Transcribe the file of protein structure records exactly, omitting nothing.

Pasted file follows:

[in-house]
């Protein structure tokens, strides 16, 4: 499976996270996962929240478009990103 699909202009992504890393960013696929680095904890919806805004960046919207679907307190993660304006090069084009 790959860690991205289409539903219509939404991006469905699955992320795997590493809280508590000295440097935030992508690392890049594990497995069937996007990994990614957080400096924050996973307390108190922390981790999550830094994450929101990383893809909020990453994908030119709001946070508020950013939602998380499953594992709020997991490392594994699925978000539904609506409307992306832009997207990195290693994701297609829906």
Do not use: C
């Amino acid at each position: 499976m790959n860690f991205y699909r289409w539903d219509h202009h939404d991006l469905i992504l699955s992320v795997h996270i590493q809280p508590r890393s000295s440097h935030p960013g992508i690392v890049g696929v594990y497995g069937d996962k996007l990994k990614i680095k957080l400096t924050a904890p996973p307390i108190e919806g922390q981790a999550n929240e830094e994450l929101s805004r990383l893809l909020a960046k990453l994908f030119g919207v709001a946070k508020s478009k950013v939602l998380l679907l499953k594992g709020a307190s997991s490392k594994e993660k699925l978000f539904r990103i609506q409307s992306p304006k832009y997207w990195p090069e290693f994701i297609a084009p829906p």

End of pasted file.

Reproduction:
[in-house]
């Protein structure tokens, strides 16, 4: 499976996270996962929240478009990103 699909202009992504890393960013696929680095904890919806805004960046919207679907307190993660304006090069084009 790959860690991205289409539903219509939404991006469905699955992320795997590493809280508590000295440097935030992508690392890049594990497995069937996007990994990614957080400096924050996973307390108190922390981790999550830094994450929101990383893809909020990453994908030119709001946070508020950013939602998380499953594992709020997991490392594994699925978000539904609506409307992306832009997207990195290693994701297609829906």
Do not use: C
């Amino acid at each position: 499976m790959n860690f991205y699909r289409w539903d219509h202009h939404d991006l469905i992504l699955s992320v795997h996270i590493q809280p508590r890393s000295s440097h935030p960013g992508i690392v890049g696929v594990y497995g069937d996962k996007l990994k990614i680095k957080l400096t924050a904890p996973p307390i108190e919806g922390q981790a999550n929240e830094e994450l929101s805004r990383l893809l909020a960046k990453l994908f030119g919207v709001a946070k508020s478009k950013v939602l998380l679907l499953k594992g709020a307190s997991s490392k594994e993660k699925l978000f539904r990103i609506q409307s992306p304006k832009y997207w990195p090069e290693f994701i297609a084009p829906p």